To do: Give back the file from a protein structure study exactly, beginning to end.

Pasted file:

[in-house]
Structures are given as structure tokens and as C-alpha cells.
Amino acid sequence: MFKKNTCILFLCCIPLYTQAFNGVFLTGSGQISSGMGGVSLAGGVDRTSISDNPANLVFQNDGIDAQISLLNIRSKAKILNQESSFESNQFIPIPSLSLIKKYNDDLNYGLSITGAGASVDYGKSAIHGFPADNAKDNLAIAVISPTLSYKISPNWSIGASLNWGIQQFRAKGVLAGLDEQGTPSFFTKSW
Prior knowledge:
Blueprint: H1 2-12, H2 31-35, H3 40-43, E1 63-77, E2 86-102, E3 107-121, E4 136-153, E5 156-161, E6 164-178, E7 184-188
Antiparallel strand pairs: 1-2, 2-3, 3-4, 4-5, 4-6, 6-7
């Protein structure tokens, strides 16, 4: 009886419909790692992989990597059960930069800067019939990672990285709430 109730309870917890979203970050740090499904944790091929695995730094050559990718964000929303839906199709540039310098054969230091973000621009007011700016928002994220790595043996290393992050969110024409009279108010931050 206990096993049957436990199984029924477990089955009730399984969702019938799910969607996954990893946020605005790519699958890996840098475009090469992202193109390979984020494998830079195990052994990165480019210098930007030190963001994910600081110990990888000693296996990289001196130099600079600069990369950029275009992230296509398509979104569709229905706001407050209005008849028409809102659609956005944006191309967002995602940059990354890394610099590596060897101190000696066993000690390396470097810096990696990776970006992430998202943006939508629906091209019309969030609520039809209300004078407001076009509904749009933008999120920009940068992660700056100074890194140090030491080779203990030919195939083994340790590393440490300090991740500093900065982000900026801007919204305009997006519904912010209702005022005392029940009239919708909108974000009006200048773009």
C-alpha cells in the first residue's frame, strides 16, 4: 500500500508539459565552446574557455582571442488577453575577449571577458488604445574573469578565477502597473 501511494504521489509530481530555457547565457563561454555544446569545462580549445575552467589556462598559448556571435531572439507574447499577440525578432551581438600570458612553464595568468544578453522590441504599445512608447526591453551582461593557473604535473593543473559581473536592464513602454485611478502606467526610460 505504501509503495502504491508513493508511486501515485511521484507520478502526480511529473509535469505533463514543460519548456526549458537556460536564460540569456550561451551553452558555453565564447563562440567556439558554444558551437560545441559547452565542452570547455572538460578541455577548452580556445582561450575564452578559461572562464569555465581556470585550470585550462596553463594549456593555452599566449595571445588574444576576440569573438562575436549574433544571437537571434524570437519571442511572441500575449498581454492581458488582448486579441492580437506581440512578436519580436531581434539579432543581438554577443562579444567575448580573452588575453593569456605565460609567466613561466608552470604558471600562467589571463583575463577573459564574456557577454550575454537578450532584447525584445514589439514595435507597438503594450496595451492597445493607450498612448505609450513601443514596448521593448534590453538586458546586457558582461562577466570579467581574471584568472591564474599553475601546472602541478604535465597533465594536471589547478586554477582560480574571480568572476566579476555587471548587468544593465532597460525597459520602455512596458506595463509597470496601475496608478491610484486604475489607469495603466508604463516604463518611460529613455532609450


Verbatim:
[in-house]
Structures are given as structure tokens and as C-alpha cells.
Amino acid sequence: MFKKNTCILFLCCIPLYTQAFNGVFLTGSGQISSGMGGVSLAGGVDRTSISDNPANLVFQNDGIDAQISLLNIRSKAKILNQESSFESNQFIPIPSLSLIKKYNDDLNYGLSITGAGASVDYGKSAIHGFPADNAKDNLAIAVISPTLSYKISPNWSIGASLNWGIQQFRAKGVLAGLDEQGTPSFFTKSW
Prior knowledge:
Blueprint: H1 2-12, H2 31-35, H3 40-43, E1 63-77, E2 86-102, E3 107-121, E4 136-153, E5 156-161, E6 164-178, E7 184-188
Antiparallel strand pairs: 1-2, 2-3, 3-4, 4-5, 4-6, 6-7
């Protein structure tokens, strides 16, 4: 009886419909790692992989990597059960930069800067019939990672990285709430 109730309870917890979203970050740090499904944790091929695995730094050559990718964000929303839906199709540039310098054969230091973000621009007011700016928002994220790595043996290393992050969110024409009279108010931050 206990096993049957436990199984029924477990089955009730399984969702019938799910969607996954990893946020605005790519699958890996840098475009090469992202193109390979984020494998830079195990052994990165480019210098930007030190963001994910600081110990990888000693296996990289001196130099600079600069990369950029275009992230296509398509979104569709229905706001407050209005008849028409809102659609956005944006191309967002995602940059990354890394610099590596060897101190000696066993000690390396470097810096990696990776970006992430998202943006939508629906091209019309969030609520039809209300004078407001076009509904749009933008999120920009940068992660700056100074890194140090030491080779203990030919195939083994340790590393440490300090991740500093900065982000900026801007919204305009997006519904912010209702005022005392029940009239919708909108974000009006200048773009």
C-alpha cells in the first residue's frame, strides 16, 4: 500500500508539459565552446574557455582571442488577453575577449571577458488604445574573469578565477502597473 501511494504521489509530481530555457547565457563561454555544446569545462580549445575552467589556462598559448556571435531572439507574447499577440525578432551581438600570458612553464595568468544578453522590441504599445512608447526591453551582461593557473604535473593543473559581473536592464513602454485611478502606467526610460 505504501509503495502504491508513493508511486501515485511521484507520478502526480511529473509535469505533463514543460519548456526549458537556460536564460540569456550561451551553452558555453565564447563562440567556439558554444558551437560545441559547452565542452570547455572538460578541455577548452580556445582561450575564452578559461572562464569555465581556470585550470585550462596553463594549456593555452599566449595571445588574444576576440569573438562575436549574433544571437537571434524570437519571442511572441500575449498581454492581458488582448486579441492580437506581440512578436519580436531581434539579432543581438554577443562579444567575448580573452588575453593569456605565460609567466613561466608552470604558471600562467589571463583575463577573459564574456557577454550575454537578450532584447525584445514589439514595435507597438503594450496595451492597445493607450498612448505609450513601443514596448521593448534590453538586458546586457558582461562577466570579467581574471584568472591564474599553475601546472602541478604535465597533465594536471589547478586554477582560480574571480568572476566579476555587471548587468544593465532597460525597459520602455512596458506595463509597470496601475496608478491610484486604475489607469495603466508604463516604463518611460529613455532609450